Updated: Aug 30, 2019
"This is my experience on using the New York Times best seller, "One Year To An Organized Life" by Regina Leeds to enhance my quality of life and establish lifestyle routines. I admire her take on getting organized one week and one area at a time because I thrive on achieving little accomplishments in moments. I hope this inspires you to get the book, follow along, and establish your own lifestyle routines as well!"
- Cheli Njoku/The Cheli Experience LLC
"It is a law of physics that two objects cannot occupy the same space at the same time. If you don’t consciously make room for today, yesterday will fill all the corners of your home. ...
Be Here Now.
Because now is really all the time there is."
- Regina Leeds
As the author eloquently put it, when you let go, a space opens for something else to move into your life. It can feel like a betrayal but that’s just the ego playing emotional tricks on you to keep you stuck. Open up to new possibilities.
Always stay in the present.
Be. Here. Now.
Below I share the action steps taken to honor the past and make room for the present.
Updating My Contacts
In the 2000’s era that gave birth to smart devices (iPhone, Android, iPad...etc),
Our need to rely on a physical address book has lessened over time. The apps on our smart devices do all the work for us by saving our contacts info and physical addresses. I don’t even memorize close friends and family phone numbers like I used to anymore. However, the contacts section of my smart device did get cluttered over time.
People and places have moved in and out of my life overtime; so I finally took some time in January to begin and complete the process of elimination and organization of my contacts.
Be wary of holding on to contacts that no longer fit your lifestyle. As stated earlier that’s your ego keeping you stuck. Also, use the Block feature on your device unsparingly and with great abundance to keep the "undesirables" at bay.
Best. Feature. Ever.
With that been said, how much do we value business cards as a means of contact? Are they a waste to create and share? I like having them on hand to network with at events but I always wonder what becomes of them afterwards? Do the recipients have a space in their home for cards based on categories, or do they get forgotten somewhere in the wallet? The author shared ways to keep cards organized and in specific categories and I’m glad she did because that has always been a struggle point for me - organizing business cards.
Memorabilia - Trash vs Treasure
Its tricky, for me anyway, to decipher between what memory is necessary to hold onto and what I can do without. It’s easy to get sentimental over a memory an object conjures and hold on to it indefinitely. The usual suspects:
Cards and artwork from my children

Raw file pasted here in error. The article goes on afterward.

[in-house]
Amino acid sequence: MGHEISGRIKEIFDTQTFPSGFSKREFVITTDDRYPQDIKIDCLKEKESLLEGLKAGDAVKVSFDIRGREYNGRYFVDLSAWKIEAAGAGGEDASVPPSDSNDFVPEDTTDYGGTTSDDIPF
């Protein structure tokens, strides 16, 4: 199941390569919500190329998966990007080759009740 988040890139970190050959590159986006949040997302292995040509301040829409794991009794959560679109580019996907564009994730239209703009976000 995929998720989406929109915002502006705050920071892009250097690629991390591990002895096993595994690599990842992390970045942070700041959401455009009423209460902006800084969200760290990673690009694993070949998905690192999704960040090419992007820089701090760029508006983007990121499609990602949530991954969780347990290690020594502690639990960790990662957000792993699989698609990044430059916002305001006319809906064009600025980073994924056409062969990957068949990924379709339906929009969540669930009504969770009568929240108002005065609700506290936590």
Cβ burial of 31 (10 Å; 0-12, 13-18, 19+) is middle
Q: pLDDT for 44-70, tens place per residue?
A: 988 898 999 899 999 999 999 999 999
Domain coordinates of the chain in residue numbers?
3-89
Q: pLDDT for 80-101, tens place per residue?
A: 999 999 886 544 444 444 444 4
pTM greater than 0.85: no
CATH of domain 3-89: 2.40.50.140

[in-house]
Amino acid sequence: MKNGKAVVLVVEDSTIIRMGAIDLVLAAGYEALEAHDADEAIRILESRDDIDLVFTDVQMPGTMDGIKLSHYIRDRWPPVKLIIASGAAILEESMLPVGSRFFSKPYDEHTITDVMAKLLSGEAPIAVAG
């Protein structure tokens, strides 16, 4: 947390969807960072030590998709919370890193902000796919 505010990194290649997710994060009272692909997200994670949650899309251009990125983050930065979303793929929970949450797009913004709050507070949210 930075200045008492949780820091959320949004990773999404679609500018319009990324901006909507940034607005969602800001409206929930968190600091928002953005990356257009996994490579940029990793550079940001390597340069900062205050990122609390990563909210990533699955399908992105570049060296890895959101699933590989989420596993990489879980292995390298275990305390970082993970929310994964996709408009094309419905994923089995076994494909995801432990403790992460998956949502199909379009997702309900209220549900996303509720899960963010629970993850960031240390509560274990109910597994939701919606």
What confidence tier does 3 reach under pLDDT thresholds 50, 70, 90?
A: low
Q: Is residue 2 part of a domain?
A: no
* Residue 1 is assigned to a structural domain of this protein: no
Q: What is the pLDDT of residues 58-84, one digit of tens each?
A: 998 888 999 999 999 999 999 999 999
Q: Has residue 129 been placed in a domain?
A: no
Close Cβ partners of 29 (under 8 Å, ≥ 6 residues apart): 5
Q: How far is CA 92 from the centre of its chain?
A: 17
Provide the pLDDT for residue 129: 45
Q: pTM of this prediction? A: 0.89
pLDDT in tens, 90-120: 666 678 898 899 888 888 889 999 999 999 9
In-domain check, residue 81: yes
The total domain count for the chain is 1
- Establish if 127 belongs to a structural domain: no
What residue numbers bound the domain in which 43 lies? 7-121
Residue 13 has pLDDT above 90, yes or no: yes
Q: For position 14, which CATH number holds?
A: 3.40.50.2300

Digital photographs (PC and smart phone)
College/high school memorabilia
I still have the program from my high school graduation. Crazy right?
I have no idea how it successfully followed me around all these years. 27 years to be exact.
Each time I de-clutter and/or move, it never seems to make the trash list. I have a very strong feeling it’s luck is running out though. Just saying.
As I created my organized files and folders earlier in my “organized life” journey this year, I wondered if my children would care that I was saving so much memorabilia on their behalf - academic awards, sports awards, art work etc. I saved them anyway and I told myself, when they decide to get their own place I’ll present the keepsake box to them and they can decide what it means to them - trash or treasure.
That will always be under my control.
My love for pictures are paramount. I love taking pictures and finding what I call “Kodak moments” to capture on camera. I love saving vintage pictures the most. It’s always fascinating to see what my mom looked like at the age that my daughter is now or how my Dad looked in his youth before he even knew my mom. My Dad turned 80 in July. I was so happy to celebrate the day with him and family. What was most important for me to do was make a memory of it. I wanted to capture the mood, the ambiance and even most importantly - his joy. I did this with pictures, videos and cards for everyone to write a nostalgic favorite memory they had of our Papa.
Creating Albums and Memory Capsules
So how do I manage all my picture memories and videos? Well over the years they’ve grown in number; like a lovable, cuddly monster. Saving them on my PC or smart device has proven to be overwhelming. A couple of years ago I was actually going to close my eyes and delete a good bit of digital memories when a friend suggested I save them on an external hard drive called My Passport. It’s still a work in progress but the goal is to go through a process of elimination, save the surviving memories on My Passport, and with a deadline set for Fall of 2020, print and create actual physical albums and categorize them. There will be one for the early years, vacations, events - a huge undertaking for sure but so well worth it when the work is done. I would highly recommend partnering with someone who can keep you on task while organizing your albums from digital to non-digital. I recall spending more time talking about the memory each image triggered as opposed to staying focused on the organizational aspect.
“Albums are great conversation starters.”
I remember having a lot of albums in my childhood home- from black and white to colored pictures - and asking my family questions about pictures that later turned into stories.
Ah, the stories a simple picture can tell...priceless.
I look forward to when I’m able to sit back, pull out an album I can touch and feel, and take a journey down a memory lane that I helped to create.
"I seek out the good in every experience.
I am open to the fun life offers me daily.
I celebrate being alive." - Regina Leeds
Live Well Explore Often.